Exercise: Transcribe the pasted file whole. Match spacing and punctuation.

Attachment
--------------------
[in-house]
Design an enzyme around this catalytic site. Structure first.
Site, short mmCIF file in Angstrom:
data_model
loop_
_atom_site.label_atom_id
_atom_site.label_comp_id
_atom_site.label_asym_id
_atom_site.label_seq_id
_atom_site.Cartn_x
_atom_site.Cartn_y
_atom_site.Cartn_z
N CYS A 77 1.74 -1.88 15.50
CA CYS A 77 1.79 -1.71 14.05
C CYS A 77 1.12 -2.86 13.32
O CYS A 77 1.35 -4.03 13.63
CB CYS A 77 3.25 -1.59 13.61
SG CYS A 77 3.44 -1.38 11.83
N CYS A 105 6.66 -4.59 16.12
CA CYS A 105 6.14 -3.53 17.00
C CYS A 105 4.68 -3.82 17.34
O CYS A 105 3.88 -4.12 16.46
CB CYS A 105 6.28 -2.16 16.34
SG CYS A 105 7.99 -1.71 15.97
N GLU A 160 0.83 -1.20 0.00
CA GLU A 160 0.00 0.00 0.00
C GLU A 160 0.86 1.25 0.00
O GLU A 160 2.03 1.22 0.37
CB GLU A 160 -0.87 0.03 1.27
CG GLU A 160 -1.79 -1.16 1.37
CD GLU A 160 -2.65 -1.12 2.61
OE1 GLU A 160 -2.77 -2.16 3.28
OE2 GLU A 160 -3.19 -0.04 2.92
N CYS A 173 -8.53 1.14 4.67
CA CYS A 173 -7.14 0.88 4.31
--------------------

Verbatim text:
[in-house]
Design an enzyme around this catalytic site. Structure first.
Site, short mmCIF file in Angstrom:
data_model
loop_
_atom_site.label_atom_id
_atom_site.label_comp_id
_atom_site.label_asym_id
_atom_site.label_seq_id
_atom_site.Cartn_x
_atom_site.Cartn_y
_atom_site.Cartn_z
N CYS A 77 1.74 -1.88 15.50
CA CYS A 77 1.79 -1.71 14.05
C CYS A 77 1.12 -2.86 13.32
O CYS A 77 1.35 -4.03 13.63
CB CYS A 77 3.25 -1.59 13.61
SG CYS A 77 3.44 -1.38 11.83
N CYS A 105 6.66 -4.59 16.12
CA CYS A 105 6.14 -3.53 17.00
C CYS A 105 4.68 -3.82 17.34
O CYS A 105 3.88 -4.12 16.46
CB CYS A 105 6.28 -2.16 16.34
SG CYS A 105 7.99 -1.71 15.97
N GLU A 160 0.83 -1.20 0.00
CA GLU A 160 0.00 0.00 0.00
C GLU A 160 0.86 1.25 0.00
O GLU A 160 2.03 1.22 0.37
CB GLU A 160 -0.87 0.03 1.27
CG GLU A 160 -1.79 -1.16 1.37
CD GLU A 160 -2.65 -1.12 2.61
OE1 GLU A 160 -2.77 -2.16 3.28
OE2 GLU A 160 -3.19 -0.04 2.92
N CYS A 173 -8.53 1.14 4.67
CA CYS A 173 -7.14 0.88 4.31